Social and economic disadvantages play a significant role in why blacks face a much higher risk than whites of developing cognitive impairment later in life, indicates a national study led by a Michigan State University sociologist.
The odds that blacks will develop cognitive impairment, including dementia, in later life were 2.52 times greater than the odds for whites. Much of that racial disparity was explained by childhood disadvantages, such as growing up poor and in the segregated South, and lower socioeconomic status in adulthood, particularly educational attainment.
Surprisingly, racial differences in health problems, such as heart disease and diabetes, and health behaviors, such as smoking and drinking, did not explain much of the racial gap in cognitive impairment, said Zhenmei Zhang, MSU associate professor of sociology.
While the findings do not fully explain blacks’ higher risk of cognitive impairment, they point to a strong need for policymakers to focus more on reducing racial gaps in socioeconomic resources over the lifespan, she said. The federally funded study is published in the Journal of Health and Social Behavior.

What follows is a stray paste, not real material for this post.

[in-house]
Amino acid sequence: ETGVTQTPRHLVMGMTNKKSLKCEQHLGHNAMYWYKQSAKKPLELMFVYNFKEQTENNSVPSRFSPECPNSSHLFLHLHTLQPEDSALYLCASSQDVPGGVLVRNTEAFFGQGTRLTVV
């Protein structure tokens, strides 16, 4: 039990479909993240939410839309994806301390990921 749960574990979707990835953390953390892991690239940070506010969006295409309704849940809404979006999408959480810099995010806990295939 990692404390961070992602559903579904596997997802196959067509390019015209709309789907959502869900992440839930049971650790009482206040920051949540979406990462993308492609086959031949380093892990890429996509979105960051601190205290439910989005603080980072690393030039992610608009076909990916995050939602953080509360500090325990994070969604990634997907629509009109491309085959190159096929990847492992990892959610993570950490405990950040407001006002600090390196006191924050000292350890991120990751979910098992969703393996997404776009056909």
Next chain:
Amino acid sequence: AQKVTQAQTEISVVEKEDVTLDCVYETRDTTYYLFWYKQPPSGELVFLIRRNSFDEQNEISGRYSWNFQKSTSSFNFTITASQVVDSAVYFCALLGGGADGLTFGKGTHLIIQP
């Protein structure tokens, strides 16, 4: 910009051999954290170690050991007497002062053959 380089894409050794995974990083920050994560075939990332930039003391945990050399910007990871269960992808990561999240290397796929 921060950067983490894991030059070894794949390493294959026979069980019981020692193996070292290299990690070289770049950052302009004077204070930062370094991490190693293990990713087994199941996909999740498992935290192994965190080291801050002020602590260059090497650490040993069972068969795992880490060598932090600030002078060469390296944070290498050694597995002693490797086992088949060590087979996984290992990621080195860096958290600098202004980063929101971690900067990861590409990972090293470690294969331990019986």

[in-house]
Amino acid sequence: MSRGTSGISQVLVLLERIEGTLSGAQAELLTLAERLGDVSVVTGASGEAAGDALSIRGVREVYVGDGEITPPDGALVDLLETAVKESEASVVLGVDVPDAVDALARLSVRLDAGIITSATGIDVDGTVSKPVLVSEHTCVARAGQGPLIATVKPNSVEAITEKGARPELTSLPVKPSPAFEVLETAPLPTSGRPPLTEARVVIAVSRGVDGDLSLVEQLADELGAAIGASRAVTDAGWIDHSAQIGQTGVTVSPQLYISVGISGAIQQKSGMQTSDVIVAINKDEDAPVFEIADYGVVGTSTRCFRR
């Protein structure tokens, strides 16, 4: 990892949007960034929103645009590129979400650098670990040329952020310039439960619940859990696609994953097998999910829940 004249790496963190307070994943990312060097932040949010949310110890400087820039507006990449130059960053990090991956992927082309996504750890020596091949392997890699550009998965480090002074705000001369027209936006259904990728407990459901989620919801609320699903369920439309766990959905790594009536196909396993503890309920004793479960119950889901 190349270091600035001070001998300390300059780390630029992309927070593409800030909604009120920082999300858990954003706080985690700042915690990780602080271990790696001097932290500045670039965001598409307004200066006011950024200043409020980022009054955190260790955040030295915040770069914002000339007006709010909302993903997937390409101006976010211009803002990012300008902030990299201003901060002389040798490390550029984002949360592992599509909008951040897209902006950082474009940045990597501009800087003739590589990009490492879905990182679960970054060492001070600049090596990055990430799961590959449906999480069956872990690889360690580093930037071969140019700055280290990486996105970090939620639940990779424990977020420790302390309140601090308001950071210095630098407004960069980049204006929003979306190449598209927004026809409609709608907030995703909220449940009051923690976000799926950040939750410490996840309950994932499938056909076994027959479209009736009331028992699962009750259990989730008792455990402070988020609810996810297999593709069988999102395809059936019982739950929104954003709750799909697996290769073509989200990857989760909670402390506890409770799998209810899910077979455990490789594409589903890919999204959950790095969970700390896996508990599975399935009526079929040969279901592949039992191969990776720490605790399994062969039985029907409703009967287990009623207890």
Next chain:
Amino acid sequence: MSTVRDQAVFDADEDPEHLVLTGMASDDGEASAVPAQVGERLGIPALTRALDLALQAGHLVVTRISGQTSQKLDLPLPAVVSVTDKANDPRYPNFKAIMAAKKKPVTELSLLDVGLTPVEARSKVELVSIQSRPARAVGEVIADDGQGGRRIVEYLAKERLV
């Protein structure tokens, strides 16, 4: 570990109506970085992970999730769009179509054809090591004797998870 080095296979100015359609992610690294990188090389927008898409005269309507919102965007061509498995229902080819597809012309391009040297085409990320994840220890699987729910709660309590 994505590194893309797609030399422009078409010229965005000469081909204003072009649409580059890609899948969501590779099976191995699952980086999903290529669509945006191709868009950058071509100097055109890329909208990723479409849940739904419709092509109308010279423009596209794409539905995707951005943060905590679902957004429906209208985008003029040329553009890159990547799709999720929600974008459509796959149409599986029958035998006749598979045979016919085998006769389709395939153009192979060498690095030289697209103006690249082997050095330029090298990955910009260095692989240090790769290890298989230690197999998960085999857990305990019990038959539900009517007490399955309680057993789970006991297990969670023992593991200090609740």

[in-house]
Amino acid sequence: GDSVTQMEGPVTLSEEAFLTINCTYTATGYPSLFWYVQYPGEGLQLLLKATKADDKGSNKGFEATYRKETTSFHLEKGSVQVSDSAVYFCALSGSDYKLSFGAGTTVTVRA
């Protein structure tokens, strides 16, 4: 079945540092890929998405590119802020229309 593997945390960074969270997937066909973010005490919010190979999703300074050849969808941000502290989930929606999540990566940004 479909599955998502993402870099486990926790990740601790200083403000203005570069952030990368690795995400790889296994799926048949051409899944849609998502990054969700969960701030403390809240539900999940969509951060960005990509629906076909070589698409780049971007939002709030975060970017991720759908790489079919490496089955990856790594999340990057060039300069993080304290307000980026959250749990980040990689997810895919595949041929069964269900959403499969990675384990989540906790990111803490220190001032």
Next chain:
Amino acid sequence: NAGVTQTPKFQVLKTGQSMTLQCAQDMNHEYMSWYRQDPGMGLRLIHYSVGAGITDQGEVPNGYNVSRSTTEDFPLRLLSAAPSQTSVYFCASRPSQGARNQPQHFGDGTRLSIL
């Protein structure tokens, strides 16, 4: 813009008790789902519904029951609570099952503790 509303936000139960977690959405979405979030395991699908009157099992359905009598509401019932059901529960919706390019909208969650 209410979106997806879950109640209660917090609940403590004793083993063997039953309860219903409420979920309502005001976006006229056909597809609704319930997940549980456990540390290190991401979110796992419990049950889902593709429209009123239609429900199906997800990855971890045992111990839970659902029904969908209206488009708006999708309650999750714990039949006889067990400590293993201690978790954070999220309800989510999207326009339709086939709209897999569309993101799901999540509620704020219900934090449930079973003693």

“Social policies such as increasing educational resources in low-income communities, providing economic support to poor students and their families, improving graduation rates in high schools and colleges, and eliminating discrimination against blacks in the job market may significantly reduce racial disparities in cognitive impairment in later life,” Zhang said.
Zhang and colleagues analyzed survey data from 8,946 participants in the Health and Retirement Study. The information was collected in multiple waves over a 12-year period (1998-2010); participants were aged 65 or older at the start of the study.
Once the researchers took into account the various socioeconomic factors, which include childhood disadvantages, the odds ratio of cognitive impairment between blacks and whites – or the racial gap – was reduced considerably, from 2.52 to 1.45. That means socioeconomic factors explained a significant amount of the racial gap.
Cognitive impairment among the elderly is a growing problem – spending on dementia care alone exceeds $100 billion a year in the United States – but it hits blacks particularly hard, Zhang noted. The Alzheimer’s Association has identified Alzheimer’s disease among blacks as an emerging public health crisis.
“As people live longer and longer, it becomes an even bigger issue,” Zhang said.
Her co-authors on the study were Mark Hayward, professor at the University of Texas, and Yan-Liang Yu, doctoral student at MSU. The study received funding from the National Institute on Aging and the National Institute of Child Health and Human Development, both part of the National Institutes of Health.